A2: Yes. Include a note that describes what you will do if you are ill and unable to teach. There are a lot of variables and possible solutions, so this is something you need to discuss at the department level. The needs and resources of your department will drive the decision-making process. Consider these questions:
- Is there a TA, or another instructor, who could cover your course while you are out?
- Could you create a self-directed learning plan to cover a short absence?
- For a longer absence, is there another section of the course into which the students can be enrolled?
- Is there a past DE (distance education) offering of the course with content your students could use while you’re out?
- How will you communicate to your students that you are out and what they should do in the meantime?
Q1: Can I use Zoom for a dissertation defense? (And does it have whiteboard capability?)
A1: The Graduate School will allow for remote defenses given the move to limit face-to-face meetings. This will still require submission of the remote defense form.
Zoom has the audio/video capabilities that a committee would need to fully participate in a defense. Zoom allows you to annotate on a whiteboard, but also allows you to annotate any shared screen, such as slides, a document, a web page, etc.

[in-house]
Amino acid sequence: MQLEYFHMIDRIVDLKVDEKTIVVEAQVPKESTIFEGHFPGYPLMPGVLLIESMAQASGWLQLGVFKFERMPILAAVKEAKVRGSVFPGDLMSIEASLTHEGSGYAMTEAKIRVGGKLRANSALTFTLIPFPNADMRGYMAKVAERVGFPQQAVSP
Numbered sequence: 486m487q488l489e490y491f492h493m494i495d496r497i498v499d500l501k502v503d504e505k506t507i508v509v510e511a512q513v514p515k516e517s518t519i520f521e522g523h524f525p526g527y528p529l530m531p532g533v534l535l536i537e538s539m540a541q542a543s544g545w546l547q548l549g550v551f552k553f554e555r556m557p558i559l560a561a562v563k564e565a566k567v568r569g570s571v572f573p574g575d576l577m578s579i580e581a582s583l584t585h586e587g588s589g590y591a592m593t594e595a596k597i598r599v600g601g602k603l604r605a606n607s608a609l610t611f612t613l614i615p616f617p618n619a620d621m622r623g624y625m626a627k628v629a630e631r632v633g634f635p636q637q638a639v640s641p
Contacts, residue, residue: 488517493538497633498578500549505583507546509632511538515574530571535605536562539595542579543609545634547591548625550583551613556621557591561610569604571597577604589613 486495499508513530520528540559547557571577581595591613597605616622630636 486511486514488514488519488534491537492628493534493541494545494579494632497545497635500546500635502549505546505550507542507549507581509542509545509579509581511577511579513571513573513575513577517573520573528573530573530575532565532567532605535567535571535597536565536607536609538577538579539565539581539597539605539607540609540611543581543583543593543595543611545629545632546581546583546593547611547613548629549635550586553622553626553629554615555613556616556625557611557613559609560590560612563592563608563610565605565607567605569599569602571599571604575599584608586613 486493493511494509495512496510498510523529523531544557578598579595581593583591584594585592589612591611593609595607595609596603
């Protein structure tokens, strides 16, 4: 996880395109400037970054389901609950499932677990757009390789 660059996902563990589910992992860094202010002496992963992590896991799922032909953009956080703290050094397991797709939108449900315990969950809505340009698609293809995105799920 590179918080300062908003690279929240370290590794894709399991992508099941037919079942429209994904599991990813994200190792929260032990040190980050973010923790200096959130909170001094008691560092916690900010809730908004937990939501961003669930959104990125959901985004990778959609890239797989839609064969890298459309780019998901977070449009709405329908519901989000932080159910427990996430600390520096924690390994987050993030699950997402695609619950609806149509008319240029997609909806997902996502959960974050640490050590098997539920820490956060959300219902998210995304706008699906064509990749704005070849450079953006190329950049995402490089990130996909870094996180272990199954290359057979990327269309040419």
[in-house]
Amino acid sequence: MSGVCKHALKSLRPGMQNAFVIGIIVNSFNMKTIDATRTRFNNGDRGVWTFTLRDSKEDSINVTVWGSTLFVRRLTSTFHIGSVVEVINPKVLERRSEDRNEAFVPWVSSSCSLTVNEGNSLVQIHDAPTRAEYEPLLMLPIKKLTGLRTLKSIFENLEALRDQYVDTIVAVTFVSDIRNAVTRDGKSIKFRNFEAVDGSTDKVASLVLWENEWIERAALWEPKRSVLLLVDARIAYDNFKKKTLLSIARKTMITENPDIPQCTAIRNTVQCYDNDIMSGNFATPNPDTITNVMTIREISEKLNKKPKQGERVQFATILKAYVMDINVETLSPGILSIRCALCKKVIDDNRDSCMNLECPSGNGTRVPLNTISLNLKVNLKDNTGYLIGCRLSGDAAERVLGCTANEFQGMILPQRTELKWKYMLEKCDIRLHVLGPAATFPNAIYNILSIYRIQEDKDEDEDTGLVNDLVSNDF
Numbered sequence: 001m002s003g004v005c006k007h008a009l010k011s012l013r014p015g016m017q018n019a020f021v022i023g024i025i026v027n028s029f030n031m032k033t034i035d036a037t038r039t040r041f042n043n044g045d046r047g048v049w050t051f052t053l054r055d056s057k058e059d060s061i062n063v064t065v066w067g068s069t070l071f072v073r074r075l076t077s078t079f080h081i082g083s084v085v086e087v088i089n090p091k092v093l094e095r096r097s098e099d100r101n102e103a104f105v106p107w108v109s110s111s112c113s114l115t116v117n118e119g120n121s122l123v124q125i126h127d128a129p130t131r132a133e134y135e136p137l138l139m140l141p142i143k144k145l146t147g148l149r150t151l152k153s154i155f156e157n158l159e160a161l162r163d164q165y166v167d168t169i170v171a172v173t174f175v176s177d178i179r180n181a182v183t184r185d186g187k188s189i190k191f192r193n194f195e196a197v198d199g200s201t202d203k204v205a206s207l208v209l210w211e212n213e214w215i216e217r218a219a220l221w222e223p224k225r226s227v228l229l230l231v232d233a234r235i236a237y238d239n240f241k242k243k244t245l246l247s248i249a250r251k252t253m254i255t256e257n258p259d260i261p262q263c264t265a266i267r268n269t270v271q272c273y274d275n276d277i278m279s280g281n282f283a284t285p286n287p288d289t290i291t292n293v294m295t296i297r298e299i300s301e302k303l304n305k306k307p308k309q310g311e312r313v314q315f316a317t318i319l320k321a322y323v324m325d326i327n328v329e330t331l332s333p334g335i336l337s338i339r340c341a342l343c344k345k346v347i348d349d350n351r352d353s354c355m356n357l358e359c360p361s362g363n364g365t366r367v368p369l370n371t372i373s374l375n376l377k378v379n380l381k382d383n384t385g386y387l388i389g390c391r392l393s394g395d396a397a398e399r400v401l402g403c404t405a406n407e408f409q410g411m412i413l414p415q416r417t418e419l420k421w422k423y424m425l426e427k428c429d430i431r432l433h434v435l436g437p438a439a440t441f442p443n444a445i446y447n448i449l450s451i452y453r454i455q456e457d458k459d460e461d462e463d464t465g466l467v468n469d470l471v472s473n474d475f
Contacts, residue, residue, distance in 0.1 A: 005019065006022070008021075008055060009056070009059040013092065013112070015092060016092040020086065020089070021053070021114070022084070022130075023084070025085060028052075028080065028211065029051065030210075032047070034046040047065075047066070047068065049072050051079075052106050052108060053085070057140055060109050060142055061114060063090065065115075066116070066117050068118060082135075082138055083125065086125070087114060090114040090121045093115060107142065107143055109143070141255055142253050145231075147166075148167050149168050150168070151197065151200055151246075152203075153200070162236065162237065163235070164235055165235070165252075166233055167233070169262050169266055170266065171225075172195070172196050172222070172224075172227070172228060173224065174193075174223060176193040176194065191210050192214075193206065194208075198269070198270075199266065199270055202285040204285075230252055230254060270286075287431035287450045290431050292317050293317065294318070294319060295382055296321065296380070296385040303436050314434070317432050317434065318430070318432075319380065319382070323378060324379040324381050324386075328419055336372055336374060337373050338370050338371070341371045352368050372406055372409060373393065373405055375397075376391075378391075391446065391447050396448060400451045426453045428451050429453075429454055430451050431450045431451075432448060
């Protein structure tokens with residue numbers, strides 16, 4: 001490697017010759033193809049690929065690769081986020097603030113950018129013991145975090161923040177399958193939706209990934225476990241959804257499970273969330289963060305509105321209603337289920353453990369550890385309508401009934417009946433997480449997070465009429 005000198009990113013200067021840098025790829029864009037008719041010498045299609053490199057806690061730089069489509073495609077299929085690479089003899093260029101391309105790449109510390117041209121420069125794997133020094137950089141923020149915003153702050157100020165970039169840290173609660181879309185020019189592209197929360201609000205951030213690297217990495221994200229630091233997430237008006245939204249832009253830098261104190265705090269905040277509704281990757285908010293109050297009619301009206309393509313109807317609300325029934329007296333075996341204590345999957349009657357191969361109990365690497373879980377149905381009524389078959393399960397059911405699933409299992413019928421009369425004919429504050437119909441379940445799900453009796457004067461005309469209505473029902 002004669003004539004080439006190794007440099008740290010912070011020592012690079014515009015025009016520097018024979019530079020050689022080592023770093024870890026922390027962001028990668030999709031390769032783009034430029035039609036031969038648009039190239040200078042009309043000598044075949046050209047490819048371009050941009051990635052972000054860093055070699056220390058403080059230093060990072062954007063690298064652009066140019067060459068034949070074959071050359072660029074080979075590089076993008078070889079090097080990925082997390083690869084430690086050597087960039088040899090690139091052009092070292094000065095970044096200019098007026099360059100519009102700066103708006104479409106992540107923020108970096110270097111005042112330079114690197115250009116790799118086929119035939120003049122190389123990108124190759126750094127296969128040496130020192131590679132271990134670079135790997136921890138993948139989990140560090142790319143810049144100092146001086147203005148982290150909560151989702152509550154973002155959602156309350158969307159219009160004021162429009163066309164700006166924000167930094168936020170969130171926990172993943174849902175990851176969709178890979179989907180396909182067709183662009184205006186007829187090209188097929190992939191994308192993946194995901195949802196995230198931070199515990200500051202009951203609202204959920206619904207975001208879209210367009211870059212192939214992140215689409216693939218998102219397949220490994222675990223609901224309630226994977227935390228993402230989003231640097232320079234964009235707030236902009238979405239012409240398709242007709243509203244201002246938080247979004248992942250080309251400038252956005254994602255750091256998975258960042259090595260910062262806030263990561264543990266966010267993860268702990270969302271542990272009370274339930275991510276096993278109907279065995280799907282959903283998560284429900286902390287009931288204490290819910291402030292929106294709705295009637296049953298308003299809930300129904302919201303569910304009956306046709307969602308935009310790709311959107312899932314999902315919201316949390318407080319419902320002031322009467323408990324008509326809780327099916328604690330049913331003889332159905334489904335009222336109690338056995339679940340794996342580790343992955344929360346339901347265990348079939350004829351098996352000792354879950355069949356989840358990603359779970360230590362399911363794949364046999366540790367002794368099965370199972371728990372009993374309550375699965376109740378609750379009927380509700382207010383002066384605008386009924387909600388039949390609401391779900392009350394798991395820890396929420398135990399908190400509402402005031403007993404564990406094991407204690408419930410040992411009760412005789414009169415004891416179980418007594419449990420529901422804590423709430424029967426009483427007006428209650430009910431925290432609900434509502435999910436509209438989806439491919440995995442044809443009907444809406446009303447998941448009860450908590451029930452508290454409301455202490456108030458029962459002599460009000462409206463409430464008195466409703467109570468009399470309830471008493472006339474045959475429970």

Sharing your screen (instructions and video) > Sharing your screen
- At around 0:12 of the video above, you can see the screen where you would select “whiteboard.”
- Full instructions are below the video, organized by operating system.
Sharing a whiteboard (instructions by OS, no video) > Sharing a whiteboard
IMPORTANT: Do a trial session first, mainly for these two reasons:
- It is possible that you might have to grant your computer permission to screen share, in which case you would have to quit Zoom and restart it. Better to take care of this ahead of time.
- Zoom settings for the host must be configured with screen sharing enabled. This setting is enabled by default in NC State’s Zoom, but it is possible for a user to go in and override the setting by turning it off.
Committee members should have the necessary equipment to successfully participate in a Zoom session); see equipment recommendations.
Q1: Does using Zoom have any impact on ownership of course materials I make and share?
A1: No. Zoom’s Terms of Service are clear that content creators, like NC State instructors, retain copyright in their materials. Zoom is licensed for broad use across campus and is not considered “exceptional use of university resources” under the NC State Copyright Regulation. If you have questions about copyright, reach out to the Copyright and Digital Scholarship Center.